Pub­lic work­ers los­ing re­tire­ment pen­sions

Imperial Valley Press - - FRONT PAGE - BY WIL­LIAM ROLLER Staff Writer

NILAND — Niland San­i­tary District pub­lic work­ers are in dan­ger of los­ing the ma­jor­ity or en­tirety of their re­tire­ment pen­sion fund be­cause prior ad­min­is­tra­tive lead­er­ship ne­glected to pay into the state’s largest re­tire­ment fund in more than a year.

NSD owes CalPERS $194,253 and with no res­o­lu­tion in sight, CalPERS is tak­ing steps to ter­mi­nate NSD’s con­tract.

CalPERS is set to take a vote on the con­tract ter­mi­na­tion next week.

If the con­tract is ter­mi­nated, NSD’s five em­ploy­ees will see ei­ther 91 per­cent or 100 per­cent of their pen­sions cut ac­cord­ing to CalPERS re­ports.

It’s an­other blow to res­i­dents in the city after news of the dis­so­lu­tion of the NSD came to light re­cently.

The Im­pe­rial County is likely to take con­trol of the be­lea­guered district as the Lo­cal Area For­ma­tion Com­mis­sion voted re­cently to dis­solve the strug­gling district.

The only way NSD em­ploy­ees could keep their pen­sion is if NSD pays a hefty can­cel­la­tion fee up front and then CalPERS moves the district into a low- risk fund called the ter­mi­nated agency pool. That ter­mi­na­tion fee was not dis­closed by CalPERS.

Ryan Kel­ley, Im­pe­rial County District 4 su­per­vi­sor re­marked that in 1995 NSD took a vote to en­ter into CalPERS and sent no­ti­fi­ca­tion yet never made a pay­ment.

In March 2016 NSD sent no­tice to CalPERS it wanted to with­draw from the pen­sion sys­tem.

“I’m sure it’s be­cause they couldn’t meet the obli­ga­tions of the monthly bills,” said Kel­ley. “Im­pe­rial County is try­ing to re­solve that obli­ga­tion be­cause they never got any ben­e­fits out of CalPERS.

It’s hard for a small san­i­ta­tion district to come up with the rev­enue. But we’re try­ing to help them cope with the obli­ga­tion and get re­con­sid­er­a­tion for all th­ese debts.”

The is­sue came to light at CalPERS only after one of the NSD em­ploy­ees phoned the pen­sion fund to in­quire about his sta­tus.

The county is set to have a reg­u­lar meet­ing Tues­day but no item re­gard­ing the Niland San­i­tary District is sched­uled.

Pre­vi­ous loans by the Im­pe­rial County

There is also an­other fi­nan­cial bur­den that com­pli­cates NSD’s abil­ity to pay.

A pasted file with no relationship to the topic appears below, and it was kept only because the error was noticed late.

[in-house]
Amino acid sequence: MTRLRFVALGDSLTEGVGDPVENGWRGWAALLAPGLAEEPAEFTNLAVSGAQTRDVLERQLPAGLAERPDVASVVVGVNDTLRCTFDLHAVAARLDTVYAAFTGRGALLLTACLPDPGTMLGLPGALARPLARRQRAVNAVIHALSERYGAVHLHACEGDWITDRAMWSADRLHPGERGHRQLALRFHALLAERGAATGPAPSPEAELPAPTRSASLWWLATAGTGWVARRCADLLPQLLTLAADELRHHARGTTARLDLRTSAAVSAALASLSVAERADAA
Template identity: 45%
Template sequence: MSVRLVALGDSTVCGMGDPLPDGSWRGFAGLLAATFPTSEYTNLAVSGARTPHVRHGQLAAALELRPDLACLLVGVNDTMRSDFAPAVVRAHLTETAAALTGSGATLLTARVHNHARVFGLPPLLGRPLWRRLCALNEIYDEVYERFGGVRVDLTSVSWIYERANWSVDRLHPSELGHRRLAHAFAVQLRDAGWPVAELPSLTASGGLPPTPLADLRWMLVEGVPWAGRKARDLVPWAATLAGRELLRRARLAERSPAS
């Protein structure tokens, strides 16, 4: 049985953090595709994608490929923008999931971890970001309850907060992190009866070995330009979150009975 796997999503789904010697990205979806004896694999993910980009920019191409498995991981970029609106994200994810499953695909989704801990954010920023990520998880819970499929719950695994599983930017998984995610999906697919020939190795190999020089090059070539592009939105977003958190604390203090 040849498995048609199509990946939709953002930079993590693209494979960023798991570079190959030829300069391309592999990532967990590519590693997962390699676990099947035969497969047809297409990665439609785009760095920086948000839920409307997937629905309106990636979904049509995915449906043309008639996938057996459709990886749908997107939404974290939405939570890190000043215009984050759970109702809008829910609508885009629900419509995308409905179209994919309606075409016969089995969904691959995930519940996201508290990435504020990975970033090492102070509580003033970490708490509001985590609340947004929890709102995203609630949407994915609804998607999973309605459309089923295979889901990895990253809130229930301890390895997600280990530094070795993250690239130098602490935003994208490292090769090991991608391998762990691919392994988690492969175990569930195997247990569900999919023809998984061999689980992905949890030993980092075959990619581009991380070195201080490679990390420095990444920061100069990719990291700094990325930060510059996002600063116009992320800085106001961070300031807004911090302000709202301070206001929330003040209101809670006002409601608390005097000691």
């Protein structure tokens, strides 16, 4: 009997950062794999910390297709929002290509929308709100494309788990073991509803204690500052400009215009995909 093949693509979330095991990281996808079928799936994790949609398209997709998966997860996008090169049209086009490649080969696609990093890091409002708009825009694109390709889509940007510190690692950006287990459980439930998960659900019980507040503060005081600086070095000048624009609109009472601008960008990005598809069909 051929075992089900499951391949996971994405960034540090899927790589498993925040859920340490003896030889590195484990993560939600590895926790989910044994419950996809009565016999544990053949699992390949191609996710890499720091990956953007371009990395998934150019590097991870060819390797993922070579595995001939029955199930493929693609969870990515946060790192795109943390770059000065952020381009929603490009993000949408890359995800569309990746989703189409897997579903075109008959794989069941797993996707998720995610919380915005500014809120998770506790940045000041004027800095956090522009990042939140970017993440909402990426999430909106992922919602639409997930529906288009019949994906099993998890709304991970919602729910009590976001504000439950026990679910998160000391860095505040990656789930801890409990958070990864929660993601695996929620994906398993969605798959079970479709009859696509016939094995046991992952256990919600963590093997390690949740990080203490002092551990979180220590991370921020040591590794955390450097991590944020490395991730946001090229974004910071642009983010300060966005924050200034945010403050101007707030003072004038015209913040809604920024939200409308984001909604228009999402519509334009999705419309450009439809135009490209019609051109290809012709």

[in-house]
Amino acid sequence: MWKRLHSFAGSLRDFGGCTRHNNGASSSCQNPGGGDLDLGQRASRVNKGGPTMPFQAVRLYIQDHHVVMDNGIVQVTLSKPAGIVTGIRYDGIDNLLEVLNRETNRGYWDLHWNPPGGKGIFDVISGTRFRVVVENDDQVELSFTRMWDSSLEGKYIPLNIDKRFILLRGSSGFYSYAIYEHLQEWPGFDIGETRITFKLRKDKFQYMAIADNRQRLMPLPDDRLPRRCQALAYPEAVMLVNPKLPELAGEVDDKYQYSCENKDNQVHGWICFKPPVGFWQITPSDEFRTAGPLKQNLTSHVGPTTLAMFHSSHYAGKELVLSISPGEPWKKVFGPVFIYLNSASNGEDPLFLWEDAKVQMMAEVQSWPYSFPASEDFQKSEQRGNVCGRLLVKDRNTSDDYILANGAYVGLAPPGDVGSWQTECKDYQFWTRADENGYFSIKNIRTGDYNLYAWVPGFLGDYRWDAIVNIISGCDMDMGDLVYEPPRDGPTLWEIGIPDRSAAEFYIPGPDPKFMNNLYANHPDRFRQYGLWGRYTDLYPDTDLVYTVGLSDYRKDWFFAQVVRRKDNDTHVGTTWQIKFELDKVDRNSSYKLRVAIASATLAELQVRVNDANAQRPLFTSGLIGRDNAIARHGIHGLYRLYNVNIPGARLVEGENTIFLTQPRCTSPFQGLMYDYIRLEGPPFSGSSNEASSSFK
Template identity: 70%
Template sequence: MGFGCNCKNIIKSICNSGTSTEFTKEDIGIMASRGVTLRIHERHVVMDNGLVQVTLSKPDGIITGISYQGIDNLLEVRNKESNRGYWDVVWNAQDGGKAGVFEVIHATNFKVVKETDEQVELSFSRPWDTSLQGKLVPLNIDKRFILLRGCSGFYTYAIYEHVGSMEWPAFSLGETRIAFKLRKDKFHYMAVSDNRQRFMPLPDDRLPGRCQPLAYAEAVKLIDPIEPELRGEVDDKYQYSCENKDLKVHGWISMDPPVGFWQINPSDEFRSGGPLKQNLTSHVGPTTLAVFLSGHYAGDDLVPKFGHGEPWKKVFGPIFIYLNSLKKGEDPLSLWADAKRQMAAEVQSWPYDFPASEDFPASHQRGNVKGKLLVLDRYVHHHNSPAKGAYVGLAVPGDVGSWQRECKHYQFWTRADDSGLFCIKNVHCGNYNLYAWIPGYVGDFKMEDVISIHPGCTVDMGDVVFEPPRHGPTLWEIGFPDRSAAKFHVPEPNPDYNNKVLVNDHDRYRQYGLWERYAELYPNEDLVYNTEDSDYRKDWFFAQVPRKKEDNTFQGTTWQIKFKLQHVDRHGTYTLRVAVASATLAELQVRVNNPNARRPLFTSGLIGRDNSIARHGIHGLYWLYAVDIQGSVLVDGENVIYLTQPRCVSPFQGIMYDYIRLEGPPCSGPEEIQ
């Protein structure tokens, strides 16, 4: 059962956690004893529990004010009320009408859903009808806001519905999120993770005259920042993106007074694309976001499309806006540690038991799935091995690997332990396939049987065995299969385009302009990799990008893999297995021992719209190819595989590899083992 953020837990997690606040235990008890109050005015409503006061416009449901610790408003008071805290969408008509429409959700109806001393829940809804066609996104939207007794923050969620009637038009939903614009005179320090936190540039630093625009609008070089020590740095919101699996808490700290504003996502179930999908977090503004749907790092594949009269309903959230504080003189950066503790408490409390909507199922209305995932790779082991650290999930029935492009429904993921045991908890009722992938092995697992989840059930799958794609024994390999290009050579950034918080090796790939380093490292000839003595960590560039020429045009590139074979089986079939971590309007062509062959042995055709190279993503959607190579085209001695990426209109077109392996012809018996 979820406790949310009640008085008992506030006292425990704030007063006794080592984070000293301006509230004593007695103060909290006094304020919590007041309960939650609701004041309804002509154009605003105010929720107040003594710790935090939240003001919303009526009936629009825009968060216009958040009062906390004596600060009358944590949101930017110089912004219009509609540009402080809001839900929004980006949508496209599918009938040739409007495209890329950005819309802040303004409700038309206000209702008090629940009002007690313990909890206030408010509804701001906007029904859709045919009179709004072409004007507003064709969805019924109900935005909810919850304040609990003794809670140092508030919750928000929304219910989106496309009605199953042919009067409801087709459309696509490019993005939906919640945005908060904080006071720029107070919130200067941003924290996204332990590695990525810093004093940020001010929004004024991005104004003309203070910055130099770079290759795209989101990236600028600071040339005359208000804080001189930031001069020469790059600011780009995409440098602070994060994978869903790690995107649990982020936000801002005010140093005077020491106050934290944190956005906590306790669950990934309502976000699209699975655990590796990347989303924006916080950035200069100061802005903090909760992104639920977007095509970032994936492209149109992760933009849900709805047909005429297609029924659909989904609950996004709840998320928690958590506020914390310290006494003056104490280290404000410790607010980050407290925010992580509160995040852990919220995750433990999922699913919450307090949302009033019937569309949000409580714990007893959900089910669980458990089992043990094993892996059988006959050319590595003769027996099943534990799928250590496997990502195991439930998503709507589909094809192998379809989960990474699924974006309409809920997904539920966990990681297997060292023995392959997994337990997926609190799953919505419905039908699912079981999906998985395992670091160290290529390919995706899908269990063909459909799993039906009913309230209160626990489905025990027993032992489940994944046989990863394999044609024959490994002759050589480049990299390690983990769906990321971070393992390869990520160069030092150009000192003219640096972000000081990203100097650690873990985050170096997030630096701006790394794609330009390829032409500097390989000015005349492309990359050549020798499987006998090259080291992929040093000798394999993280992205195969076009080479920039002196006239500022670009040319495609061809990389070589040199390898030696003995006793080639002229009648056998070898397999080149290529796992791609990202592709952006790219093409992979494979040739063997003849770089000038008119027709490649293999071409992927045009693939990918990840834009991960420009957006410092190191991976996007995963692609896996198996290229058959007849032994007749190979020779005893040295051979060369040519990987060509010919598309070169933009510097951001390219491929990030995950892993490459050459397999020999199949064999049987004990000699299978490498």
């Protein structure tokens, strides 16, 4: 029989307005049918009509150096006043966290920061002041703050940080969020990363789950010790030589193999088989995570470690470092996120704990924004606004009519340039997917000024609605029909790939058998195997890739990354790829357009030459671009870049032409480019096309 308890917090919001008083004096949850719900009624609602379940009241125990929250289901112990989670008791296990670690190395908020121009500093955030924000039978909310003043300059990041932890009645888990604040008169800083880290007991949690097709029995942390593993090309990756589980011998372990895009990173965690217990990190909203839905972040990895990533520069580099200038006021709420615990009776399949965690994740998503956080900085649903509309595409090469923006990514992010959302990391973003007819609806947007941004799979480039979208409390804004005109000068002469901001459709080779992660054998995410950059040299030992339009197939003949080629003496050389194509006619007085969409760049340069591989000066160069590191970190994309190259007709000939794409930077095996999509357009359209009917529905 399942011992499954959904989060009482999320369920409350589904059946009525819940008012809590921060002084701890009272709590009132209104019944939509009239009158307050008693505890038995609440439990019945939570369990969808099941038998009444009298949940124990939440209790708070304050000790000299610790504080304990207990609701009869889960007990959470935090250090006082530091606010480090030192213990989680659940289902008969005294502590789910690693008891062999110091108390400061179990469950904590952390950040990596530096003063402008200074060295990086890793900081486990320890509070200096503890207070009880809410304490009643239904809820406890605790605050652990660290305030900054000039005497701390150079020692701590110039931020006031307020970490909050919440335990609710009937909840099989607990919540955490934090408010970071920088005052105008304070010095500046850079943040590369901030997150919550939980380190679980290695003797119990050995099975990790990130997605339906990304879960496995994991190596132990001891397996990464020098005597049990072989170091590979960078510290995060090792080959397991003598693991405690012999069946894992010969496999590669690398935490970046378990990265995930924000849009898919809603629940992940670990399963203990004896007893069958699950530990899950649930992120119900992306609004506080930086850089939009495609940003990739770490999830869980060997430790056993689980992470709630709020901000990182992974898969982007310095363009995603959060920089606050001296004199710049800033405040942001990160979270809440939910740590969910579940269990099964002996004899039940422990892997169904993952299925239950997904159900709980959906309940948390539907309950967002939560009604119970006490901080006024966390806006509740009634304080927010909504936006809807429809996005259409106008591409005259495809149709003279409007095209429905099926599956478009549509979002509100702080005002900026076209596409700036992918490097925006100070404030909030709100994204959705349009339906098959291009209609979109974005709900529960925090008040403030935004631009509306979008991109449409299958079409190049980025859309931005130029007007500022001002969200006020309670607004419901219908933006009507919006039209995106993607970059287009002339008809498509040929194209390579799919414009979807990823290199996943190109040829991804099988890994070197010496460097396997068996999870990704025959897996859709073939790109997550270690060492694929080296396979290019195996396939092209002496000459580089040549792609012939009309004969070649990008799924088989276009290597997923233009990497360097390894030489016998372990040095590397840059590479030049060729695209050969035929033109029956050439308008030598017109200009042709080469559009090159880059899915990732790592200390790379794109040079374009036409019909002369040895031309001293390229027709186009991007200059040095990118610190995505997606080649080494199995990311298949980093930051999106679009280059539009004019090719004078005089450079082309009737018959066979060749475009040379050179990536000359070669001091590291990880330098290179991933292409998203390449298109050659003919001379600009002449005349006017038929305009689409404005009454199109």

As re­ported pre­vi­ously in the Press, the Board of Su­per­vi­sors on Jan­uary 24 ap­proved a $934,753 loan to NSD to help elim­i­nate li­a­bil­i­ties as­so­ci­ated with the Cal­i­for­nia Re­gional Water Qual­ity Con­trol Board fines due to com­pli­ance vi­o­la­tions, half the cost of a fa­cil­ity up­grade de­sign, as well as $118,000 in out­stand­ing debt the district owed CalPERS.

How­ever, the loan was con­tin­gent on NSD in­creas­ing its sewer rates and needed a ma­jor­ity of votes by its 538 par­cel own­ers. Two votes were held, in April and July and both failed.

Len­nita Ozier, is a NSD di­rec­tor and the lone vote against a rate hike at the be­gin­ning of the year. Ozier re­marked res­i­dents un­der­stand NSD needs money to come into com­pli­ance, but in­di­vid­u­als lack the in­come to pay for it.

As an ex­am­ple she cited the Oa­sis Mo­bile Vil­lage, a trailer park where she works as project man­ager. Their cur­rent an­nual sewer bill is $16,000, but it would rise to more than $63,000 un­der pro­posed rates.

“That won’t fly with any­body,” said Ozier. “Mer­chants are aban­don­ing Niland be­cause peo­ple can’t af­ford to do busi­ness here. I’ve been on the board a year, but main­te­nance of the sewer sys­tem had been ne­glected long be­fore I ar­rived.”

Kel­ley noted grants to come into com­pli­ance have been ex­tended, but they will not con­tinue for­ever.

“We’re as­sist­ing NSD to reeval­u­ate and come up with plans that have less im­pact on sewer rates,” he said. “But there still has to be some in­crease to stay in com­pli­ance with RWQCB.”

CalPERS

The CalPERS re­tire­ment pro­gram builds re­tire­ment and health se­cu­rity for state, school and pub­lic agency mem­bers. Along with Cal­i­for­nia’s town and coun­ties there are 118,488 spe­cial districts that in­clude fire pro­tec­tion, tran­sit, util­ity water and san­i­ta­tion districts, of which Niland San­i­tary District is one.

CalPERS has about 68 per­cent of the as­sets to pay all of the ben­e­fits it owes to its mem­bers im­me­di­ately. A new CalPERS fi­nan­cial as­sess­ment finds 16 of its mem­bers have less than 60 per­cent of the as­sets it needs to fund full re­tire­ment for its em­ploy­ees.

The sun sets be­hind the Niland San­i­tary District.

MARIO RENTERA FILE PHOTO

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